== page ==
Without skipping a beat, the thin businessman jumped into action. He clapped his hands together as he stepped to the side. “Why yes, of course,” he drew Kichirō’s attention to a row of vials on a shelf to the man’s left and then waved a hand over a display table containing the powdered fish liver.

Kichirō stepped forward to view the items. He could tell right away they were exactly what he was looking for.

“Suitengu's Surge and Strike of Flowing Waters, I presume?”

Kichirō snapped his head towards the man, initially in surprise that he knew what the items would be used for, but then assumed the man had met monks like himself before. The monk smiled, “you are good. Do you remember every spell component?’

“It is my business.” The man then charged him a few coins for his purchase and Kichiro left to find the Zemida Kaanada.

Within twenty minutes or more, he was entering the grounds containing Kaanada’s estate.
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H A R W A A H M E S T E P | Q A D I R



It seemed that Harwa had misjudged the mood of this particular watering hole, and badly at that. As the cries of the patrons bought a pair of guards in through the beaded curtains he groaned inwardly and slumped his shoulders. His luck was proving to be exceptionally poor this day, first the attack on the street, now this. Or perhaps it had nothing to with luck at all, perhaps the Arhanphast was testing him once more.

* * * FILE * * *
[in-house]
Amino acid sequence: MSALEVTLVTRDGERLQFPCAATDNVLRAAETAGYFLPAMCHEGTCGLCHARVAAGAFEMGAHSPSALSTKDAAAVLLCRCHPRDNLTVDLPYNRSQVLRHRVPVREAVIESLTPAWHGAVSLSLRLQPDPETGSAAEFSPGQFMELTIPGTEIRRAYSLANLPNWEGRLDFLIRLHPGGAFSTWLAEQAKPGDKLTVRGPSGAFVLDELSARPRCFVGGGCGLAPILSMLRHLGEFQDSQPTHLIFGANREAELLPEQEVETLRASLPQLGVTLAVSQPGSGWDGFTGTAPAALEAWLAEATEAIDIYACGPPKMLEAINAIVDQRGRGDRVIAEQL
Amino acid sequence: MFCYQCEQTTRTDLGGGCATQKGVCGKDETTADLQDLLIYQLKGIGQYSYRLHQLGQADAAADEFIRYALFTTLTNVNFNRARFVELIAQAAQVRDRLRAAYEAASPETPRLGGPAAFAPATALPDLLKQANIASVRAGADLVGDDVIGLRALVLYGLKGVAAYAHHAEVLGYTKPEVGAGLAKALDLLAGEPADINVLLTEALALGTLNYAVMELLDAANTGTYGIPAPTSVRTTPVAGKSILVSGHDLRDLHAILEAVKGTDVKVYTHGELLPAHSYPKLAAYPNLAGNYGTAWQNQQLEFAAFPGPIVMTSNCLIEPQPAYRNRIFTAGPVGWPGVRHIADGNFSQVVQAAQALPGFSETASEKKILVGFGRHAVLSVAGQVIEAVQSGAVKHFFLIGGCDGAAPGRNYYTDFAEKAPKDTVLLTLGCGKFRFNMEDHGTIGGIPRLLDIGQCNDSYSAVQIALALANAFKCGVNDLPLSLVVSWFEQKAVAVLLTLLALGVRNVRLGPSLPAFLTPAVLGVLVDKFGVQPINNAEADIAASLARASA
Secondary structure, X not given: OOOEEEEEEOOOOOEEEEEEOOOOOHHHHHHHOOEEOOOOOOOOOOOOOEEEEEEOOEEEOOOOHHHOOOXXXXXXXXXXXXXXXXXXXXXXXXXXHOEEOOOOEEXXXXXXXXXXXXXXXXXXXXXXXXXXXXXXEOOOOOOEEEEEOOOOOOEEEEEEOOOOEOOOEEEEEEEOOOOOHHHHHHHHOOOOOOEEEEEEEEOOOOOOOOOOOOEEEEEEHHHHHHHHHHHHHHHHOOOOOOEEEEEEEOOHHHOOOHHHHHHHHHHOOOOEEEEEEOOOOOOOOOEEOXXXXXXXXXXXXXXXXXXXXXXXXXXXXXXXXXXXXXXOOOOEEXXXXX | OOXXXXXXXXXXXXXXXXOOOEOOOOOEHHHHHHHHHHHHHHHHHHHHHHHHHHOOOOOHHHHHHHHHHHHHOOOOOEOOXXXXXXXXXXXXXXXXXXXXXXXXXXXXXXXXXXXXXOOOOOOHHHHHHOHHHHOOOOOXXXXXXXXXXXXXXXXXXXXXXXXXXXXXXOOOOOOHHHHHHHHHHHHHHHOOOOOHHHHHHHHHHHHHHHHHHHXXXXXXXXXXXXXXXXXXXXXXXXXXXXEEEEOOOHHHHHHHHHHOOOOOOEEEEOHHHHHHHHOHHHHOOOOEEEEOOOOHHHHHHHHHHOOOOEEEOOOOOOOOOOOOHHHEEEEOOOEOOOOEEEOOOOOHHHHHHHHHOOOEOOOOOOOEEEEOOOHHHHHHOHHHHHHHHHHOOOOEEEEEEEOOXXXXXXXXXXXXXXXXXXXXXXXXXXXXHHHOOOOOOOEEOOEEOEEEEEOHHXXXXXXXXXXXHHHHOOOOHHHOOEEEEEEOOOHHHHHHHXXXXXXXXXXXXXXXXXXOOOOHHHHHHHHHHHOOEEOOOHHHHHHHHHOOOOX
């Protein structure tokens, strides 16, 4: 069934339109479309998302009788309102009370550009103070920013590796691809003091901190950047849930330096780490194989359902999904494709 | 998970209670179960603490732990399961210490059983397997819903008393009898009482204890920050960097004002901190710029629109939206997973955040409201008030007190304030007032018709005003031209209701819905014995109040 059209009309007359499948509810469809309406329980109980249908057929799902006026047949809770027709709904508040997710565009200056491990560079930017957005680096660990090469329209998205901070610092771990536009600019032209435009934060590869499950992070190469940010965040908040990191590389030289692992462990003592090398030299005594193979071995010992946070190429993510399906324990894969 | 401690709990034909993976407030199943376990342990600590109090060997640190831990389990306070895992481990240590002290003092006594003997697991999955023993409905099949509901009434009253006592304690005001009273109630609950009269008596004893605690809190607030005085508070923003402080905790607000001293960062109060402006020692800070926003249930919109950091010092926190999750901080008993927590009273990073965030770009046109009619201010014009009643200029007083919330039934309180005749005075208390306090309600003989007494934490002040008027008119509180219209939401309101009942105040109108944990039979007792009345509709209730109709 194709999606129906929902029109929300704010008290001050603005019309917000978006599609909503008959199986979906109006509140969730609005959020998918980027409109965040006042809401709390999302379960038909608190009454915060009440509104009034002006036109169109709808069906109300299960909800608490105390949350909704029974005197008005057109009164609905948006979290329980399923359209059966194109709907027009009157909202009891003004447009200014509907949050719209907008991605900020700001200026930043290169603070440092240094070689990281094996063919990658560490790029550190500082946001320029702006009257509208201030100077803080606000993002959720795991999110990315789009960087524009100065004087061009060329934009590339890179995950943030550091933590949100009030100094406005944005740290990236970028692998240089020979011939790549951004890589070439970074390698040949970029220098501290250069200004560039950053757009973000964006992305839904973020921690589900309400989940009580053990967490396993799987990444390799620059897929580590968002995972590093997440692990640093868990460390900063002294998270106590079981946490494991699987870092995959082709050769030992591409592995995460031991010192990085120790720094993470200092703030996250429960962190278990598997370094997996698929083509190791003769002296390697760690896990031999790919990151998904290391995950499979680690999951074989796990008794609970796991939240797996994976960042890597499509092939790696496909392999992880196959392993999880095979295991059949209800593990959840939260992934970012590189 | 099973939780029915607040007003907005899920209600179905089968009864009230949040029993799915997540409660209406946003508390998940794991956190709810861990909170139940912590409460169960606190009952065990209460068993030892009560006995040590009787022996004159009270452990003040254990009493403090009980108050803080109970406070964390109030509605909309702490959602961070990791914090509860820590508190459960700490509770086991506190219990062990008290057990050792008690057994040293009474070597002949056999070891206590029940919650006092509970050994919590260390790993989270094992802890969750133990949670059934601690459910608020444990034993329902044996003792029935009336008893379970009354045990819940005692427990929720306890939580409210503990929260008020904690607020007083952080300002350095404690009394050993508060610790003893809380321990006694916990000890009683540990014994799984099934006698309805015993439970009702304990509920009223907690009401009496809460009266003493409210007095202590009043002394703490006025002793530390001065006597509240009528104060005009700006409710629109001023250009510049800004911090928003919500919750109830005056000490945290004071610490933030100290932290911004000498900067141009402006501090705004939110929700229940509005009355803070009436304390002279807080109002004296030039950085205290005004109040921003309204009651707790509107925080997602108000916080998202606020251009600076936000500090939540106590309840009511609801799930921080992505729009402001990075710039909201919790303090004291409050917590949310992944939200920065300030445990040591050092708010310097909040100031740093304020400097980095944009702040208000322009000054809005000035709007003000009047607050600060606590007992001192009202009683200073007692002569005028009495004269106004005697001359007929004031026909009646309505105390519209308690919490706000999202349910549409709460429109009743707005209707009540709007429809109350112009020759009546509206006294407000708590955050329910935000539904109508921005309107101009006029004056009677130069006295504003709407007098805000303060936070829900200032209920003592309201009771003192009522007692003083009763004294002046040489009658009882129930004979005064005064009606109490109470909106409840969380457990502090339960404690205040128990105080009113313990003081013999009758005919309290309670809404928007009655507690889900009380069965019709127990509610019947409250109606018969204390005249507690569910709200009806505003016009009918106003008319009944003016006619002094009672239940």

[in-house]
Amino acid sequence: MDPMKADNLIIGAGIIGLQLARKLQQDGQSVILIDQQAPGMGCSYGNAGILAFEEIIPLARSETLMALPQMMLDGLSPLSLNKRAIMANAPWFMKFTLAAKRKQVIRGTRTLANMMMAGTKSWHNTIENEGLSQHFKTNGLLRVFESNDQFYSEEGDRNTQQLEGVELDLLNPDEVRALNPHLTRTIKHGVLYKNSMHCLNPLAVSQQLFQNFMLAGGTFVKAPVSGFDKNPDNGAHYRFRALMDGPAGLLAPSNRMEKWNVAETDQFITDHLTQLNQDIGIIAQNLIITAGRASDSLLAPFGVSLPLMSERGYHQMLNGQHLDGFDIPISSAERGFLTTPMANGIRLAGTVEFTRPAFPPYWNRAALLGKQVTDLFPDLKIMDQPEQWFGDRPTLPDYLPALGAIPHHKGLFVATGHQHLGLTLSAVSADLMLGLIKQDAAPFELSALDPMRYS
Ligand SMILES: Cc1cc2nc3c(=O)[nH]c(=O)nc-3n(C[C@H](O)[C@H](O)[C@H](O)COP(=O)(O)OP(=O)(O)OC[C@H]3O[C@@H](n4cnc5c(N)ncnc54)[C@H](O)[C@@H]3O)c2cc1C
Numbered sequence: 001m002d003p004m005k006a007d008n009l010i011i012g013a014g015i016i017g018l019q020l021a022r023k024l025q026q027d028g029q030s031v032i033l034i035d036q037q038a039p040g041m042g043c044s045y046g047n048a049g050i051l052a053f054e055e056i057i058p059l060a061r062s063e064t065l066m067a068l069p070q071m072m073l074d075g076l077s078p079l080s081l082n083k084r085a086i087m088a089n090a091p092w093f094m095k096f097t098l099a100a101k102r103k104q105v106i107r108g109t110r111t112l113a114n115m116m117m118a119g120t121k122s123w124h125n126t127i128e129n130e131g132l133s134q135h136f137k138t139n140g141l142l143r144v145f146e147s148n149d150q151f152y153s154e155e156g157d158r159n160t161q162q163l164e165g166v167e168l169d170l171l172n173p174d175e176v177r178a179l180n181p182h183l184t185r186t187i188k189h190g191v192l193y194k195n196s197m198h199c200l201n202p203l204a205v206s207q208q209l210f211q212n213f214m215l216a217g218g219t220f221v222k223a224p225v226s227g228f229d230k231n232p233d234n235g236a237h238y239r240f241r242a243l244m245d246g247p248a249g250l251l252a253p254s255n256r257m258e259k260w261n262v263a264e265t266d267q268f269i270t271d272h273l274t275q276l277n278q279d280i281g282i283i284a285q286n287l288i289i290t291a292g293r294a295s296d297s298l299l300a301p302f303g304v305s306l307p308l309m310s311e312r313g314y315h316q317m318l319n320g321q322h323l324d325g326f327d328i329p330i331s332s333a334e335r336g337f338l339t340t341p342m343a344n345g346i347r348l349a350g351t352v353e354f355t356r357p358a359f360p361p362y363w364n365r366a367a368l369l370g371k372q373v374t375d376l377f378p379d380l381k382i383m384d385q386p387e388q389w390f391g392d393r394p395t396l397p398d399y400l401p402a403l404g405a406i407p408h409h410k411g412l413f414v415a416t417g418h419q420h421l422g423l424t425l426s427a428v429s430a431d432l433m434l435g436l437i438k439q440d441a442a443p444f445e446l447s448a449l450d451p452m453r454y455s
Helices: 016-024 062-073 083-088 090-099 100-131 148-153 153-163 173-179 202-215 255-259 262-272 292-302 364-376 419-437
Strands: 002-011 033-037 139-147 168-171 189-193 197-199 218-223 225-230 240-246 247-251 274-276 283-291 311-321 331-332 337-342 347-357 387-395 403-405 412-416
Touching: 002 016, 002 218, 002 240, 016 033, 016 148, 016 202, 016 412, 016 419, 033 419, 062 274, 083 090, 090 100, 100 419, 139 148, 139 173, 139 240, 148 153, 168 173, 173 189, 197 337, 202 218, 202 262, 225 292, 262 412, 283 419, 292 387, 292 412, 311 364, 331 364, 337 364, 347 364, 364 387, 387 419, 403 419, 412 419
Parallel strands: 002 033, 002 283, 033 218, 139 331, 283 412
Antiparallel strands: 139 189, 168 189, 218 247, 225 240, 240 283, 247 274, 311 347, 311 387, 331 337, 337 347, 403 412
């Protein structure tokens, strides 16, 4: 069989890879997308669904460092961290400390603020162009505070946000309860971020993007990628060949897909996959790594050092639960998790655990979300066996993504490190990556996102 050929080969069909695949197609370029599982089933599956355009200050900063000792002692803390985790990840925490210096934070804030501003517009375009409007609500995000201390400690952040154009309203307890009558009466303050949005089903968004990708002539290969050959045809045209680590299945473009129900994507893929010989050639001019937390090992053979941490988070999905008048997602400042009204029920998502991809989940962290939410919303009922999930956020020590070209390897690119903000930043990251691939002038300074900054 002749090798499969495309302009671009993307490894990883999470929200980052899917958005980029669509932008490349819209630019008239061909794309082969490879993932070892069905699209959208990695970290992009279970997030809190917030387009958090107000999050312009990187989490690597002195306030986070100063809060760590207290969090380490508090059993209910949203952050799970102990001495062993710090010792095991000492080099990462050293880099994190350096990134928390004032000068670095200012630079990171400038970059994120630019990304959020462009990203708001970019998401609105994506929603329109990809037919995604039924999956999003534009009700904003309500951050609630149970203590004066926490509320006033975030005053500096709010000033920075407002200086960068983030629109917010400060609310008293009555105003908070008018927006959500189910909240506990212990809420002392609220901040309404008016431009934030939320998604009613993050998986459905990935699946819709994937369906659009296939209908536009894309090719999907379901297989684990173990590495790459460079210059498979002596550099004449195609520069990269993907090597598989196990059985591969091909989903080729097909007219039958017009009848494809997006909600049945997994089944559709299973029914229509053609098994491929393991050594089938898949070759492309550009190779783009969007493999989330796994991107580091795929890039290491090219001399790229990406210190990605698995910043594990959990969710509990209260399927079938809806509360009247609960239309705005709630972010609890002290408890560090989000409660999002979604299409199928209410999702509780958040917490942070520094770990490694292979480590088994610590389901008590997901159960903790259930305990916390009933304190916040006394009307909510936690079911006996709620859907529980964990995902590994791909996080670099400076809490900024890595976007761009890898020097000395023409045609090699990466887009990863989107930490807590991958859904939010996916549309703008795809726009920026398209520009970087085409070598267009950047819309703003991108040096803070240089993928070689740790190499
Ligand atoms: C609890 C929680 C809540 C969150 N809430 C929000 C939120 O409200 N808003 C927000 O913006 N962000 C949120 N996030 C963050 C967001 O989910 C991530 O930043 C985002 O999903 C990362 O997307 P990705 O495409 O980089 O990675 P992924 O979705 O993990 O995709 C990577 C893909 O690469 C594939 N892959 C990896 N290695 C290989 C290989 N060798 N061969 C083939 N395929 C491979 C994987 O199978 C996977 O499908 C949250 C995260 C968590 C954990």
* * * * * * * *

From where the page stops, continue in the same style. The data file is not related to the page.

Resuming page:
But exactly was being tested, his forgiveness or his righteousness?

Harwa had felt like this since he had arrived in Qadir a few weeks ago. The compulsion that had brought him back after so many years was not clear. He knew that he wanted to help these people, all of them, from those that suffered beneath the lash of the Maathro's whip, to the hand that held it, all the way up to the false God-King himself. But he did not know how. He did not know if was even right, or if was just another selfish desire - that forgiveness was absolute, that everything could be atoned.

Maybe this was not a test, maybe it was his punishment instead.

"Sirs, please, sirs. I am an old man, a veteran of Tawr. These are but my only possessions and a walking stick. You... you would not part an old man from his crutch?"

He allowed himself to collapse to the floor at their feet. Weak and trembling. If this was to be his punishment then he would gladly accept it... but he could do little good behind the bars of the Imit's prison, so he would not throw away his freedom lightly. He hoped the All Father would forgive his lie. Besides, it was only half of a lie. His axe had been a crutch for him for many years, and sometimes he was forced to rely on it still.